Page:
About Me

My photo
Web person at the Imperial War Museum, just completed PhD about digital sustainability in museums (the original motivation for this blog was as my research diary). Posting occasionally, and usually museum tech stuff but prone to stray. I welcome comments if you want to take anything further. These are my opinions and should not be attributed to my employer or anyone else (unless they thought of them too). Twitter: @jottevanger

Friday, August 17, 2007

Records management

[Hmm, looks like this has stayed in draft form for quite a while. Not finished but better get it up there anyway]

Yesterday [i.e. some time ago] I met up with Sarah Demb, another newish recruit to the London Hub, who is running a project looking at records management across the Hub museums (4 core partners and a smaller one, I believe), where she's interviewing a large number of staff. The ideas is to develop a co-ordinated strategy, which seems most sensible. I've got a shed load of notes I made on the train this AM but I'm going to cut them down.

We talked about what I do generally, website management questions (backups, archives, security), how the CMS works, documentation, data management and sources. I was interested that Sarah saw her brief so widely, since I had rather narrowly conceived of "records management" as being business-centred activity, lots to do with finance and collections data, e-mails too, and a dash of archiving. In fact I think she's right to look more widely because aside from anything else we have a dearth of policies WRT "records management" pretty much everywhere I'm concerned with.

In our conversation, I noted that we use some 3rd parties to hold or represent some data, such as Google and Flickr, and this will probably increase (not even counting the forthcoming picture library arrangement). I think we agreed on the need for a digital collections policy too, which to my mind would be assembled with reference to diverse categories of material: UGC; born-digital material from the museum itself; derivatives; some things that might be suitable for full accessioning, others that might be required for a good archive. I mentioned knowledge management issues, and the complexity involved in recovering old versions of the CMS site (owing to the interwoven nature of content, template definitions, TP files, and executables).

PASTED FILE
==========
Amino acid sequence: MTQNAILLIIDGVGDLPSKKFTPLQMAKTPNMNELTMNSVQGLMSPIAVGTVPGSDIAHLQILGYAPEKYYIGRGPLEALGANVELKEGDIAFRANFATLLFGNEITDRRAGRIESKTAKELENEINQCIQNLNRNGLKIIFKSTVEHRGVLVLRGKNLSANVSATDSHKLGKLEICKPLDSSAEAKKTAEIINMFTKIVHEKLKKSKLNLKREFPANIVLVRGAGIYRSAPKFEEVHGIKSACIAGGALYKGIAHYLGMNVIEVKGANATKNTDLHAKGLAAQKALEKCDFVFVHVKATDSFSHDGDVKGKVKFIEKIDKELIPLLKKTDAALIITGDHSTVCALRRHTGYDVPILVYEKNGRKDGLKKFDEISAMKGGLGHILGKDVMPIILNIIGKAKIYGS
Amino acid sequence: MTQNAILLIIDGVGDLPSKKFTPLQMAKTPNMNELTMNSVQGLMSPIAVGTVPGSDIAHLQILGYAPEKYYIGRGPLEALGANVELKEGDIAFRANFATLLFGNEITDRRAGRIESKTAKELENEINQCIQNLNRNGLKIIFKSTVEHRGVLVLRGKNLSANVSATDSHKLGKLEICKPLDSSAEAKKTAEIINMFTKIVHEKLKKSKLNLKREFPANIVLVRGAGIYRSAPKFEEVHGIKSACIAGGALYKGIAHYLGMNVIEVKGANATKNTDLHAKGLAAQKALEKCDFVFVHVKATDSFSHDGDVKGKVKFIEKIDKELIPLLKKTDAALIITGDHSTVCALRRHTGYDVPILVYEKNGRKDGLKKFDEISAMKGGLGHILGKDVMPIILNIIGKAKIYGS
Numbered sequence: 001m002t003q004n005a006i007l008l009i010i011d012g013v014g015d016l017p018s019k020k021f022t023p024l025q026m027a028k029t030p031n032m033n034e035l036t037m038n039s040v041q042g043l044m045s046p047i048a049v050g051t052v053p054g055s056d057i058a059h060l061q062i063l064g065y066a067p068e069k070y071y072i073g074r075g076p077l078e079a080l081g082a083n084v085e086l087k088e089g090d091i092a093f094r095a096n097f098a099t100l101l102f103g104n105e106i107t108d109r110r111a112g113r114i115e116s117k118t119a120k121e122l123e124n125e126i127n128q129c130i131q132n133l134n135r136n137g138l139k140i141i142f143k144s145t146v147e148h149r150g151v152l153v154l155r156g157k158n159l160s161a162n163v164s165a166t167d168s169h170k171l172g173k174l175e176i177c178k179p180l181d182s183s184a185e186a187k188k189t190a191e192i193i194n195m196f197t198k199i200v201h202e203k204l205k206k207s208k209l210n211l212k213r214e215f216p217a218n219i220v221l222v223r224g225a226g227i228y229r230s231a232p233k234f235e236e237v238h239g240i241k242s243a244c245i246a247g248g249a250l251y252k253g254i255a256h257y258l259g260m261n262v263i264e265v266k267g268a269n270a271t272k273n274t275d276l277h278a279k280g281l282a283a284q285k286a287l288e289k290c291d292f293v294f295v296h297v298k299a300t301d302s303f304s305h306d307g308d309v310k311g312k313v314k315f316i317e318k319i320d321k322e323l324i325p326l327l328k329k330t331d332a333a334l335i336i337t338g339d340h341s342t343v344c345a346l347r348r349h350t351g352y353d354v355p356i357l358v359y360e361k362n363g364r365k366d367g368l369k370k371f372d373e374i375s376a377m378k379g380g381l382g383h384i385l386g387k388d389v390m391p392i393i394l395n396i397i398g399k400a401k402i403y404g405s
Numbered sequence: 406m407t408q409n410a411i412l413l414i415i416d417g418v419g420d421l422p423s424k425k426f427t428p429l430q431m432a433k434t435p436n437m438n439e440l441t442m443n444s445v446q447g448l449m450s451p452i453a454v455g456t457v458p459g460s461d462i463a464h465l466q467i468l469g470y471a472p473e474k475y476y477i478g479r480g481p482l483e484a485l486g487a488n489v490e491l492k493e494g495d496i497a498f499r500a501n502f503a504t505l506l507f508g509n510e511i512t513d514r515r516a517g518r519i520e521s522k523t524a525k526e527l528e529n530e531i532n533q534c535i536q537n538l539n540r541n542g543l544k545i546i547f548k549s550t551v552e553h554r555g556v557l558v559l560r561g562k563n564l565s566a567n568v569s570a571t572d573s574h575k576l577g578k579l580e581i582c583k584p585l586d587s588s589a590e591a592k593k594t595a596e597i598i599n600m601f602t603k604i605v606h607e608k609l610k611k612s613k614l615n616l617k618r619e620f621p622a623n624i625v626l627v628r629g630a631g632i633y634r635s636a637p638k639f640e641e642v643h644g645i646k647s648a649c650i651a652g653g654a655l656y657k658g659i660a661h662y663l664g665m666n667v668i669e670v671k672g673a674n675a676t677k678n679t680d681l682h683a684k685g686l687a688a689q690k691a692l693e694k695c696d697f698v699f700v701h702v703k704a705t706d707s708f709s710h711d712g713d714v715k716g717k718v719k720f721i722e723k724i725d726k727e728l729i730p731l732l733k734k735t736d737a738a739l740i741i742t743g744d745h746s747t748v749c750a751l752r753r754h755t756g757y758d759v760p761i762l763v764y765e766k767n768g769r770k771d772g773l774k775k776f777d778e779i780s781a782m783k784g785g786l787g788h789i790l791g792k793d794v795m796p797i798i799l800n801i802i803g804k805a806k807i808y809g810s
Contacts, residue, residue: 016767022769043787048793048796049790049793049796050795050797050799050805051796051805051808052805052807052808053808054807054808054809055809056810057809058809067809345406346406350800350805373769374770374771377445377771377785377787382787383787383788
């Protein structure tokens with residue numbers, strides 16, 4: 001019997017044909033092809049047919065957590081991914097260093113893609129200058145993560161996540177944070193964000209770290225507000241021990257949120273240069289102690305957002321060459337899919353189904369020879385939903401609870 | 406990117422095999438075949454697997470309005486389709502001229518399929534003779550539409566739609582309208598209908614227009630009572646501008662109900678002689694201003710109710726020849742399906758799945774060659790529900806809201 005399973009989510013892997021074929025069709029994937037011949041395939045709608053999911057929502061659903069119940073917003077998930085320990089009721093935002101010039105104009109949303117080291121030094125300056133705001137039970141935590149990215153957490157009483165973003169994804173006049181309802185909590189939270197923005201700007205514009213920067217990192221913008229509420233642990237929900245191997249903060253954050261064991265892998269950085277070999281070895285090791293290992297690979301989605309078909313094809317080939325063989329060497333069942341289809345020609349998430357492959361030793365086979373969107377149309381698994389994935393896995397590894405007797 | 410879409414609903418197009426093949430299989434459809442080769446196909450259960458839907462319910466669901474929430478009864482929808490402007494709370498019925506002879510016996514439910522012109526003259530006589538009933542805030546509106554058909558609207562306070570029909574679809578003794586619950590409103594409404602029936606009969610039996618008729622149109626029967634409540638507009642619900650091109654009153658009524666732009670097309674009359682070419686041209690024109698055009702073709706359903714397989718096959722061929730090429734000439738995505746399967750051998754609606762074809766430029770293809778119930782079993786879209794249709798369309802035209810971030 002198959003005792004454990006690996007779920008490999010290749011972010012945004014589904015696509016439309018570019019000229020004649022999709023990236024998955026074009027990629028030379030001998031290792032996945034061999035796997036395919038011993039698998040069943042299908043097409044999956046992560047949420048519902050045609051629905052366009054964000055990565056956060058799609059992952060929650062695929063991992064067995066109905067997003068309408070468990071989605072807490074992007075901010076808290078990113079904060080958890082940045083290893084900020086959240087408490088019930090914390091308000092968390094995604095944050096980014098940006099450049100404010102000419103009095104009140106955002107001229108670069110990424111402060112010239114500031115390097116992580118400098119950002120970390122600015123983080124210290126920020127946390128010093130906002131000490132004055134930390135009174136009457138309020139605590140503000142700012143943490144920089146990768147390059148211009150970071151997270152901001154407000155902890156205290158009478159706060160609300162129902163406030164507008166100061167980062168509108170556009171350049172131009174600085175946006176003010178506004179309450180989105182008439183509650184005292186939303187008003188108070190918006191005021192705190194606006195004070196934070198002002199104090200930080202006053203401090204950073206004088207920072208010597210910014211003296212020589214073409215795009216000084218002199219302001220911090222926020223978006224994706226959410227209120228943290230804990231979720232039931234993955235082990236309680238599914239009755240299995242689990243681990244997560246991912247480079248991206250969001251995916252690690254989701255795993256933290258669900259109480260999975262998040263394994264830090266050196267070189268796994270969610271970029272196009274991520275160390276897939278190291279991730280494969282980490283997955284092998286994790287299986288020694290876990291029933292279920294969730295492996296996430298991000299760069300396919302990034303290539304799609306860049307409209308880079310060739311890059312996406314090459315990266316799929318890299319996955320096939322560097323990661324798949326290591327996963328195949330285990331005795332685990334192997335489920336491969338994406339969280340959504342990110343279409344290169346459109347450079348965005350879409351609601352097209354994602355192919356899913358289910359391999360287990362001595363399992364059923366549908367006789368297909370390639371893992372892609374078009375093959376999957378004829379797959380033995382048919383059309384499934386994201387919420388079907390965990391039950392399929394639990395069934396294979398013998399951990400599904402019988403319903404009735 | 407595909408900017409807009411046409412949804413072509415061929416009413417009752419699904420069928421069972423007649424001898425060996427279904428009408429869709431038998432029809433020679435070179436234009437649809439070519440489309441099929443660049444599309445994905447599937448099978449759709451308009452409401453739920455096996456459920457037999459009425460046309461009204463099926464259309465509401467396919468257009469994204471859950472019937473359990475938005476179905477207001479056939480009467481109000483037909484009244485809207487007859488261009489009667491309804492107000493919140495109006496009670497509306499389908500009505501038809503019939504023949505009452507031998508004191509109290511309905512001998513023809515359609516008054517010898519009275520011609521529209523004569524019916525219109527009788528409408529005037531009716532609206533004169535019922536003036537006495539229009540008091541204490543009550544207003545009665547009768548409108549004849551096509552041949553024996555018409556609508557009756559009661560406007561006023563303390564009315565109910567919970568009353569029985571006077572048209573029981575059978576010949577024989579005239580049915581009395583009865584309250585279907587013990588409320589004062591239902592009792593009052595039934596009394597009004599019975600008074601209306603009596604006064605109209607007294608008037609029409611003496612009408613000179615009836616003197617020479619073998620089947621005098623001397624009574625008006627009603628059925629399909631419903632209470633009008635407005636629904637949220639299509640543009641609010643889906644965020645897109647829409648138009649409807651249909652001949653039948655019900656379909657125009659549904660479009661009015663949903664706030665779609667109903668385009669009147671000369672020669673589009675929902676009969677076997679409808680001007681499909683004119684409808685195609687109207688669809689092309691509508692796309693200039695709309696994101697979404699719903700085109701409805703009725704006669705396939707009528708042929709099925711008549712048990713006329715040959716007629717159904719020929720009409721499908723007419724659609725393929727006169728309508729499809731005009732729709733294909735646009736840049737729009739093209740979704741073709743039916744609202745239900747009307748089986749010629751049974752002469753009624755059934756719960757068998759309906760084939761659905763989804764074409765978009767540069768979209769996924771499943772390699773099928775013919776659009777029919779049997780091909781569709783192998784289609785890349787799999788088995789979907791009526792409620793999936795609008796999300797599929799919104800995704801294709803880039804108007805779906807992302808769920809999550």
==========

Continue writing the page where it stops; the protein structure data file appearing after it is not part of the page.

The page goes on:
With luck, the outcome of Sarah's work will be some form of archive post within the Hub. We certainly need one here, and I hope that we can use it as an opportunity to develop ideas about how our digital activities fit into the picture: which materials are like traditional "archive" material, which are like publications or ephemera, which should be valued and treated differently from other material, how all this ties to collections, collections metadata, oral history etc. Such a conceptual framework seems essential for deciding how to treat any sort of asset.